Emperor, Prefects and Kings: The Roman West, 395-565.
At the very beginning of the book, the author tells us "the subject of this book is the administrative structure of the western half of the Roman Empire, and that of the `barbarian' kingdoms which came to be established in the territory of the Empire in the course of that century" (p. 1). There is nothing about the administration of the parts of the west conquered under Justinian. The death of Justinian in 565 is a good stopping point, as the conquests by the Lombards in 568 completely changed the administration of Italy.
In his Introduction, Barnwell says "with one exception all the available types of source material . . . have been used" (p. 2). The exception is "material written in the Greek language." What about the sources collected by C.D. Gordon in The Age of Attila (1966), to say the least? Barnwell does mention Procopius in Parts II and III but does not use him on the same grounds that he uses for the other writers dismissed in his Introduction. He says that Procopius did not understand Vandal and Ostrogothic administration. One could argue that Procopius's grasp of them was at least as good as that of Barnwell's Latin authors.
After the Introduction, the book is divided into three parts: 1) the Emperor and the imperial court 2) the provinces (meaning mostly the kingdoms) and 3) Italy under barbarians." Italy seems to have its own section because of the quantity of data. In Parts I and III there is a section describing the relevant sources. What happened to Part II? Barnwell mentions the Notitia Dignitatum as a source for Part I. He says that it "does not appear to have been an official document and may, perhaps, have been produced by someone with an antiquarian interest" (p. 10). What about A.H.M. Jones, The Later Roman Empire, III (1964), pp. 347-80? That is where a discussion of the Notitia should start.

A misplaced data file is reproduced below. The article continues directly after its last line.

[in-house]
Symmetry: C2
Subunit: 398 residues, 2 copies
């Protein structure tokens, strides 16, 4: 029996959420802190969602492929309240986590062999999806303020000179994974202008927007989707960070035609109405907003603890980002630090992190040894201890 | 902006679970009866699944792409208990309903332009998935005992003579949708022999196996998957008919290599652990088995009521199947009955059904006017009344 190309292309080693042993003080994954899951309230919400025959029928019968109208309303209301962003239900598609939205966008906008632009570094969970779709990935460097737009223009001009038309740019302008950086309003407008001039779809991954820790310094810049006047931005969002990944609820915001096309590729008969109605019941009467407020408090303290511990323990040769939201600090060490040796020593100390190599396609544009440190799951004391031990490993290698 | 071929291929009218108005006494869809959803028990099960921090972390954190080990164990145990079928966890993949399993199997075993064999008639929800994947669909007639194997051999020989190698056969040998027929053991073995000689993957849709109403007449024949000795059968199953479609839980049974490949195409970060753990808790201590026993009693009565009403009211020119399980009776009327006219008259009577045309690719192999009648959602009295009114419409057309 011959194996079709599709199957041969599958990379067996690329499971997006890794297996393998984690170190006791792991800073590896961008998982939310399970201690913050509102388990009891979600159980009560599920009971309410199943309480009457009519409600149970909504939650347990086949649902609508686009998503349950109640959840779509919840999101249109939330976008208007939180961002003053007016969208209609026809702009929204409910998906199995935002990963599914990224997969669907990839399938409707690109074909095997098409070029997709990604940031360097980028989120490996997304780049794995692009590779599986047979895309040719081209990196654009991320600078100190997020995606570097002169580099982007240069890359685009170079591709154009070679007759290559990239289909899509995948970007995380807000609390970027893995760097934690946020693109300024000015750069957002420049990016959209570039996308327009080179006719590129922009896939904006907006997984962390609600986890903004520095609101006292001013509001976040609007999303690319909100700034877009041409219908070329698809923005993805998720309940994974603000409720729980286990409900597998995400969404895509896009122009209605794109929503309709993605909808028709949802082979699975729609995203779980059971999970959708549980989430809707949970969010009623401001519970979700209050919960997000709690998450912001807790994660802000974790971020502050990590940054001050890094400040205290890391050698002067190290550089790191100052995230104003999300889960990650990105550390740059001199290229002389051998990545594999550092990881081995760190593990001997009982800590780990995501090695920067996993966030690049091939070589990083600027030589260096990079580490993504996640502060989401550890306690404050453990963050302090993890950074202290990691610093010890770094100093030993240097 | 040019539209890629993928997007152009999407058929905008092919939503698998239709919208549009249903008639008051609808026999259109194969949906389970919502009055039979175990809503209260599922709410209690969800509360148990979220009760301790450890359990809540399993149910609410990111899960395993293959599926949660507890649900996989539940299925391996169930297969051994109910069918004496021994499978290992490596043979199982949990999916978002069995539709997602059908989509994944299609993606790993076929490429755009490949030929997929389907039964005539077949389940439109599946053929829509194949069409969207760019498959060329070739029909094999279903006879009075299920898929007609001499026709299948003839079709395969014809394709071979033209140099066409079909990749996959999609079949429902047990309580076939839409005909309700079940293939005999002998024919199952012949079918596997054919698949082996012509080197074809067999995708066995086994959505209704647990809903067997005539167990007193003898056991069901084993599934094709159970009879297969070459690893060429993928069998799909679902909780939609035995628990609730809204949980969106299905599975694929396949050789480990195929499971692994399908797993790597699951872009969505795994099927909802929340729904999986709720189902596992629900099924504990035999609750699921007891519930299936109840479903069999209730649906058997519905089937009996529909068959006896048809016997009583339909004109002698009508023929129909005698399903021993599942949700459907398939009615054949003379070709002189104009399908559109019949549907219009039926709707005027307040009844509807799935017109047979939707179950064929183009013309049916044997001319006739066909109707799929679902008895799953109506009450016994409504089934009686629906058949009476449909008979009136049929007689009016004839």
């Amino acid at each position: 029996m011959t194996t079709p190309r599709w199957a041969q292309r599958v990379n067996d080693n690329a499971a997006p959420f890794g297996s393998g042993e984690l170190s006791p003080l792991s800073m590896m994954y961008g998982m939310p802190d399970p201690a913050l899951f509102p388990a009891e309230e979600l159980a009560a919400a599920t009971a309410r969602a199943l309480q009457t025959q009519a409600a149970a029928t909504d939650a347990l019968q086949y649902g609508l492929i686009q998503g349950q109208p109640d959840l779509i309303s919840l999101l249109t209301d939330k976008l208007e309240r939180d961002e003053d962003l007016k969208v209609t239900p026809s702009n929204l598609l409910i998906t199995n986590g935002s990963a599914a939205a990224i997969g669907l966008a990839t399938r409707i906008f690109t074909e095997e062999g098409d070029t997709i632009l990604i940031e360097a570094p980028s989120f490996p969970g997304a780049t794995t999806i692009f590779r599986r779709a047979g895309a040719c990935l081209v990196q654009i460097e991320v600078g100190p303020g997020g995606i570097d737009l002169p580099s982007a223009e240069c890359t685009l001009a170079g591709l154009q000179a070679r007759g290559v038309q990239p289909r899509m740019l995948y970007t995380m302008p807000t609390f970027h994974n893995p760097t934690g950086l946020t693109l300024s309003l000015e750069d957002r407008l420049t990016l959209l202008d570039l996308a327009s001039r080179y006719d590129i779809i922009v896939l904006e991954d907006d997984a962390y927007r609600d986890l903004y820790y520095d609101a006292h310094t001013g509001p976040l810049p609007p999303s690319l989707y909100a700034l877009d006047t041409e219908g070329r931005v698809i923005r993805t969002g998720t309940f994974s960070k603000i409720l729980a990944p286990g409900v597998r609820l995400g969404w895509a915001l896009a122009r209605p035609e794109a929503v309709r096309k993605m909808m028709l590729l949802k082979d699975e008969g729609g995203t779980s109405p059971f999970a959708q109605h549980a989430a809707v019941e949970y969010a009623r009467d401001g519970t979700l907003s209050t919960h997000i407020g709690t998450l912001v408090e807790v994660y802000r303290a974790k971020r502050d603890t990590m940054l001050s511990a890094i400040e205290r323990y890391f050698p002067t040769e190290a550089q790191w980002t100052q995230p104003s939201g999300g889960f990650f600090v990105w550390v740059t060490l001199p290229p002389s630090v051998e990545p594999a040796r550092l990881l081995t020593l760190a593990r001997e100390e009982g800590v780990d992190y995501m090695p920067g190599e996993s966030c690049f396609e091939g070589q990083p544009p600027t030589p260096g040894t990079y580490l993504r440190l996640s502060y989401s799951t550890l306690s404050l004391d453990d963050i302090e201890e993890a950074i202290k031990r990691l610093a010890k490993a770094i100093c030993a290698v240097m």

Turning to Part III, Barnwell's suggestion that Cassiodorus "could have fabricated a career structure for himself in order to provide a respectable set of Roman aristocratic credentials" (p. 168) is highly unlikely. (See the present reviewer's "A Survey of Scholarship on Ostrogothic Italy," Classical Folia, 25 ). As a result Barnwell rejects Cassiodorus's work, especially his Variae as sources for the Ostrogothic administration, to the detriment of his book.
Barnwell does not make sufficient use of Jones's basic work to achieve a clear understanding of the administrative structure of the Roman Empire in the fifth and sixth centuries. It would have been helpful to have the administrative structure of the Roman and "barbarian" west described in one volume, but 248 pages may not be enough.
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|Author:||Woloch, G. Michael|
|Publication:||Canadian Journal of History|
|Article Type:||Book Review|
|Date:||Dec 1, 1994|
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